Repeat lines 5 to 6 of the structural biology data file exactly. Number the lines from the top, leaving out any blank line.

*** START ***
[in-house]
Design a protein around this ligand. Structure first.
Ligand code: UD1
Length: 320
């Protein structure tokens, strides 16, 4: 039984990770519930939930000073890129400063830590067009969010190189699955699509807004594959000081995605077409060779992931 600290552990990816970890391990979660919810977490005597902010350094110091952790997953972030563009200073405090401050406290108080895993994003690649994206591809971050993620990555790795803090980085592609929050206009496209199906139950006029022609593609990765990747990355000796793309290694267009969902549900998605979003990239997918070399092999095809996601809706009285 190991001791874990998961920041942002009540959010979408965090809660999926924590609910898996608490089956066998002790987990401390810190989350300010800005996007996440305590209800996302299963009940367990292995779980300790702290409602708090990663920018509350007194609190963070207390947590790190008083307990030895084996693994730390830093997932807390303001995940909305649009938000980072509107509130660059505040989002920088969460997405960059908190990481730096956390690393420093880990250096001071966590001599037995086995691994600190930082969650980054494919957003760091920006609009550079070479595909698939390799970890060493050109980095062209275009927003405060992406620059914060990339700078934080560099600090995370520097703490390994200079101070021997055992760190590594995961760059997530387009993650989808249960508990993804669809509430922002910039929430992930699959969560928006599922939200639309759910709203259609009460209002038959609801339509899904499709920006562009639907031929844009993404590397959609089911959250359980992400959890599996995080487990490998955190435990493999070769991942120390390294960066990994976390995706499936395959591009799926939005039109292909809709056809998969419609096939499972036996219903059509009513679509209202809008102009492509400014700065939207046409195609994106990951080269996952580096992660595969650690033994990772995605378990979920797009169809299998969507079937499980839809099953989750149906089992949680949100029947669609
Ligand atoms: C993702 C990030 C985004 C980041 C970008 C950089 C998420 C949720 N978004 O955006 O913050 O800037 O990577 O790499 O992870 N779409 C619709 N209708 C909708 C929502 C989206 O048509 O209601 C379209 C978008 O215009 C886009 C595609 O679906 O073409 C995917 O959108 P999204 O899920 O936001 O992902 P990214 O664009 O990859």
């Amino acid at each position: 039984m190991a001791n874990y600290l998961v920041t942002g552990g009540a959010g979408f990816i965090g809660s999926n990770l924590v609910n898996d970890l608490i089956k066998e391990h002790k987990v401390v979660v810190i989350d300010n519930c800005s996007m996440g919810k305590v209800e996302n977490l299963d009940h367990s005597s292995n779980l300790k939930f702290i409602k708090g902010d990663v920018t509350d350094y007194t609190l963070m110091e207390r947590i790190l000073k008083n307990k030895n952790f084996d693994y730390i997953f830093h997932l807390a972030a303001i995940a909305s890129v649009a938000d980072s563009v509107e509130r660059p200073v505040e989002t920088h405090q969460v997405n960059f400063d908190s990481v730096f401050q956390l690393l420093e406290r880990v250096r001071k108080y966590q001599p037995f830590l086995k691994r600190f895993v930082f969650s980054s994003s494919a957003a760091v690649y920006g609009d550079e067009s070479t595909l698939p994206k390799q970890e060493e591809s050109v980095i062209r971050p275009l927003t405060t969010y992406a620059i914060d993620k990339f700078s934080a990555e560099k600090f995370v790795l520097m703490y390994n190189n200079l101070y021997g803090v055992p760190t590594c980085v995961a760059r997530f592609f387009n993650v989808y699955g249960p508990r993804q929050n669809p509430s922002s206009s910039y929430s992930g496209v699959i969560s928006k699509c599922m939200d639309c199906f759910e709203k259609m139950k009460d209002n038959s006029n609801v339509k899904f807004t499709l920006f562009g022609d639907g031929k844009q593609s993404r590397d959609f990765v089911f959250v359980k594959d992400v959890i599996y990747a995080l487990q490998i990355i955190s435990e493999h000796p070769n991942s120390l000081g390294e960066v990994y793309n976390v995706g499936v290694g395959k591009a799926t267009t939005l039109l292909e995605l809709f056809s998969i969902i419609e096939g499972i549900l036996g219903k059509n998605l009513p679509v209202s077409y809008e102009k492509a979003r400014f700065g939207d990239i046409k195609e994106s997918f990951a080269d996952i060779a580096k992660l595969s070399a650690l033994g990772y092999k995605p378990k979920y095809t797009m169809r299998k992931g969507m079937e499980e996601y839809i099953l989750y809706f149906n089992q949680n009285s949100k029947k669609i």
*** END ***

């Protein structure tokens, strides 16, 4: 039984990770519930939930000073890129400063830590067009969010190189699955699509807004594959000081995605077409060779992931 600290552990990816970890391990979660919810977490005597902010350094110091952790997953972030563009200073405090401050406290108080895993994003690649994206591809971050993620990555790795803090980085592609929050206009496209199906139950006029022609593609990765990747990355000796793309290694267009969902549900998605979003990239997918070399092999095809996601809706009285 190991001791874990998961920041942002009540959010979408965090809660999926924590609910898996608490089956066998002790987990401390810190989350300010800005996007996440305590209800996302299963009940367990292995779980300790702290409602708090990663920018509350007194609190963070207390947590790190008083307990030895084996693994730390830093997932807390303001995940909305649009938000980072509107509130660059505040989002920088969460997405960059908190990481730096956390690393420093880990250096001071966590001599037995086995691994600190930082969650980054494919957003760091920006609009550079070479595909698939390799970890060493050109980095062209275009927003405060992406620059914060990339700078934080560099600090995370520097703490390994200079101070021997055992760190590594995961760059997530387009993650989808249960508990993804669809509430922002910039929430992930699959969560928006599922939200639309759910709203259609009460209002038959609801339509899904499709920006562009639907031929844009993404590397959609089911959250359980992400959890599996995080487990490998955190435990493999070769991942120390390294960066990994976390995706499936395959591009799926939005039109292909809709056809998969419609096939499972036996219903059509009513679509209202809008102009492509400014700065939207046409195609994106990951080269996952580096992660595969650690033994990772995605378990979920797009169809299998969507079937499980839809099953989750149906089992949680949100029947669609
Ligand atoms: C993702 C990030 C985004 C980041 C970008 C950089 C998420 C949720 N978004 O955006 O913050 O800037 O990577 O790499 O992870 N779409 C619709 N209708 C909708 C929502 C989206 O048509 O209601 C379209 C978008 O215009 C886009 C595609 O679906 O073409 C995917 O959108 P999204 O899920 O936001 O992902 P990214 O664009 O990859």